Tuesday, 27 November 2007

Java 7 - Extension methods

A recent document revealed some possible language changes that are being proposed. One of these is is extension methods.

Extension methods

Extension methods allow a user to 'add' a method to an interface or class that you don't control. The original document is linked with BGGA closures. And was followed up by Peter Ahe

The classic example of the proposal is as follows (known as use-site extension methods):

// in the application
import static java.util.Collections.sort;
List list = ...
list.sort();

Thus, the sort method appears to be a method on the list, even though we haven't actually changed the List interface. When it is compiled, the extension method is removed, and replaced with the static method call.

Peter Ahe pointed out some flaws with this design. He also proposes declaration-site extension methods:

// in the JDK
public interface List {
  void sort() import static java.util.Collections.sort;
  ...
}

// in the application
list.sort();

In this case, it is easier for the user to find the implementation of the sort method, as it genuinely is a method on the interface, just one implemented elsewhere. Unfortunately, the downside is that now only the JDK authors can add methods to the List interface in this way.

My proposal is that the freedom given to the user by the use-site approach is far more desirable, but the possible side-effects are nasty. My preference would be to add a visible marker to show that this isn't a regular method:

// in the application
import static java.util.Collections.sort;
List list = ...
list.do.sort();

Note the '.do.'. This provides the user with the clear readability to show that something 'out of the ordinary' is going on.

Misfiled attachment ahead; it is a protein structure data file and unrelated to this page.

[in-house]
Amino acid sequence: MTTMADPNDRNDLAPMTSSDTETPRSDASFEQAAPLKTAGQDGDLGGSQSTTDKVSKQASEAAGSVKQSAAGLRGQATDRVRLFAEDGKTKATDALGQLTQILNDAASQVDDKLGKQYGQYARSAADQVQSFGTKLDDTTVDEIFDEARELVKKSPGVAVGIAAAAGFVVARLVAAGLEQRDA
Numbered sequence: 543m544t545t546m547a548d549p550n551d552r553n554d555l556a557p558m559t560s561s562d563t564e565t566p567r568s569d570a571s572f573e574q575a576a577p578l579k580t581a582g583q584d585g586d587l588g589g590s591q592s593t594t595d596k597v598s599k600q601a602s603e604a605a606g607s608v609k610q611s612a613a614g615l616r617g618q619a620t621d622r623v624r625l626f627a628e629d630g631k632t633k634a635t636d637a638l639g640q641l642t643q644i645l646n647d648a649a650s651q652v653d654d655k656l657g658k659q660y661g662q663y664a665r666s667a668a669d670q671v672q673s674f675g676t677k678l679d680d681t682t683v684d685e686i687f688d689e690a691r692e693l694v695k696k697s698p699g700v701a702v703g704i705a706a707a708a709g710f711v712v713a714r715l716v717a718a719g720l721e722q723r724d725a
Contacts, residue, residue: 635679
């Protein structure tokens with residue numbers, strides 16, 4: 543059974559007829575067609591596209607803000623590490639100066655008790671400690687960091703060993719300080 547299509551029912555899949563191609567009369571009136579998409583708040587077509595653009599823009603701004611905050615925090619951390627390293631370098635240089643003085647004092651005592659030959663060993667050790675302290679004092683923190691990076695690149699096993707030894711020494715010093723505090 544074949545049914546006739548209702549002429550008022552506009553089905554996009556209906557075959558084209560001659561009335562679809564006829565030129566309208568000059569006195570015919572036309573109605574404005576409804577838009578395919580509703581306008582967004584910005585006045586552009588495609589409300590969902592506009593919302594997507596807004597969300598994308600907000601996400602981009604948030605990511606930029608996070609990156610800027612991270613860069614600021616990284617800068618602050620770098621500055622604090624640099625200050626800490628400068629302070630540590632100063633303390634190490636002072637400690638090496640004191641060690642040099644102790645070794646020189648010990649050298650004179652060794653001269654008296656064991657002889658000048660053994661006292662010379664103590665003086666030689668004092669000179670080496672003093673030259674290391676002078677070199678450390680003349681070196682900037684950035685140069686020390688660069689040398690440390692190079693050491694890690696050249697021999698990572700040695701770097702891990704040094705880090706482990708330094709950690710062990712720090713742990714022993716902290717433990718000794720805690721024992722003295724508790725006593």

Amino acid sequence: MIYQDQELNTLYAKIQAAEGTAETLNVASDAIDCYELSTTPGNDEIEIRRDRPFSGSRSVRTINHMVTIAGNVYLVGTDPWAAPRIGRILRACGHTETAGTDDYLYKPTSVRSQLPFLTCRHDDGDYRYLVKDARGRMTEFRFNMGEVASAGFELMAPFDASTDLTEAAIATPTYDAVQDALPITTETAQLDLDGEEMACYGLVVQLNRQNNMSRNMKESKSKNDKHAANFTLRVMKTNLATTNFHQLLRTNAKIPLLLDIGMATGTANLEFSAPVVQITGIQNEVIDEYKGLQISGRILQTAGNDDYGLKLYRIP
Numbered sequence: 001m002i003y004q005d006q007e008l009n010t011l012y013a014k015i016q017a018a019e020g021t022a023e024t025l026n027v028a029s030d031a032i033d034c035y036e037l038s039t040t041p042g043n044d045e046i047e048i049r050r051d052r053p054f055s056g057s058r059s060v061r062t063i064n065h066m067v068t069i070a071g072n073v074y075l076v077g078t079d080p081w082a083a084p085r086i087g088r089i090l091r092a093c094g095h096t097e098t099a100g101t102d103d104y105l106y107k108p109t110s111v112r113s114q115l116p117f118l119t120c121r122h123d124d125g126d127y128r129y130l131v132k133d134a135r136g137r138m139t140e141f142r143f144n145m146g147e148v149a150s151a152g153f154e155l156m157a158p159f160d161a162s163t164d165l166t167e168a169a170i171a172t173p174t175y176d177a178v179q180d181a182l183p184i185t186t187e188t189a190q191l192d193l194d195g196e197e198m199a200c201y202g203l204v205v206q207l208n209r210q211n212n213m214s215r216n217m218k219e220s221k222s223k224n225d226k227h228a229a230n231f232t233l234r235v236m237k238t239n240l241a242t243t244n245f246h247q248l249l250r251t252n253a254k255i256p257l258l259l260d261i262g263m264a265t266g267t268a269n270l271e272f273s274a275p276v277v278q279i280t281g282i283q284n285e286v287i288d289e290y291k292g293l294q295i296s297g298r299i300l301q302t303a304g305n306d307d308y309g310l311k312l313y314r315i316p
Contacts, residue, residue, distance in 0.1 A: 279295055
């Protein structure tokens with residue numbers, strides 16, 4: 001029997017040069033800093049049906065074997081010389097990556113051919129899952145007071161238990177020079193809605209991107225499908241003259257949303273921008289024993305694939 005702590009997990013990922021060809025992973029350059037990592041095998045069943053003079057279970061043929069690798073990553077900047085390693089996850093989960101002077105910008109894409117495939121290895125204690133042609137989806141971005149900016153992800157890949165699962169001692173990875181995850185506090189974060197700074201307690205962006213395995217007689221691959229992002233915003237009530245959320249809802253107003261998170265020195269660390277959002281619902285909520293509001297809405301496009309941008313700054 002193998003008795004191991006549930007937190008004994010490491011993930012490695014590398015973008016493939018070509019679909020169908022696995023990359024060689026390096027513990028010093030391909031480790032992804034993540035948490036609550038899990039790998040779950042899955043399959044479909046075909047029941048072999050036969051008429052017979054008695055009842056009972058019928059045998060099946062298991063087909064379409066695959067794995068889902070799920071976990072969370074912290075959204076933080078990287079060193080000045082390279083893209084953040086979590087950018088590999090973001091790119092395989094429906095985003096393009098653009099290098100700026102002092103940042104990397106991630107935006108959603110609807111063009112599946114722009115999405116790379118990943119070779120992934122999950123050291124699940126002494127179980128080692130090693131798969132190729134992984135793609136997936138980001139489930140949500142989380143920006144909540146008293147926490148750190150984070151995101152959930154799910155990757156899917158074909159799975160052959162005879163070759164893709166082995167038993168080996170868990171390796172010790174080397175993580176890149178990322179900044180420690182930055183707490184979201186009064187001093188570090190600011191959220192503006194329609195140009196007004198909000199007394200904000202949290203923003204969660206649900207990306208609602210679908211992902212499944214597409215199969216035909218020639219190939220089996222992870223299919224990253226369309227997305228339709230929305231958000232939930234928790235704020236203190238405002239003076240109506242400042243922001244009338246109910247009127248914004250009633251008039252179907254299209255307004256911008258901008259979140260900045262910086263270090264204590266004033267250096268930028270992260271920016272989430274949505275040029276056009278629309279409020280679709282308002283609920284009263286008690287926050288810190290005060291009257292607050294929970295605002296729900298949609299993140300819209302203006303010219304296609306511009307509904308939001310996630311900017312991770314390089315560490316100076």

In addition, I would argue that the static method should be marked to indicate that it can be used as an extension method, probably using an annotation:

// in the JDK
public class Collections {
  @ExtensionMethod
  public void sort(List list) { ...}
}

This provides the final piece of the puzzle, preventing innapropriate methods from being used as extension methods. While it does suffer from the same issue of pushing control back to the library author (the JDK), it avoids the issue of which methods get added to the List interface.

The point is that as many methods as appropriate can be tagged with @ExtensionMethod. There is no conceptual overhead in doing so, and it doesn't expand the conceptual weight or complexity of the ListInterface itself.

Summary

I've outlined an alternative proposal for extension methods, that tries to focus on freedom for users, without compromising readability or allowing confusing options.

Opinions welcome, as always :-)

Sunday, 11 November 2007

Kijaro - for Java language changes

I'd like to announce the creation of a new project - kijaro. Kijaro is designed as a place where ideas for changes to the Java language can be implemented.

Kijaro

The kijaro project has been setup following various discussions on blogs, mailing lists and email. Its aim is to provide a very open place for those interested in implementing a change to javac to gather and code.

Kijaro is similar in its scope to the Kitchen Sink Language. The KSL project has been open for quite a while, but has yet to see any new features. KSL also aims to have code reviews and experienced compiler writers involved, which can be seen as quite formal.

Kijaro aims to be lightweight in rules:

  • Documentation. Each new language feature must have some form of associated document, even if its just a blog. It doesn't have to be much, but should have an outline of why the feature is needed and the syntax implications.
  • Backwards compatibility. On svn TRUNK all existing Java code must compile.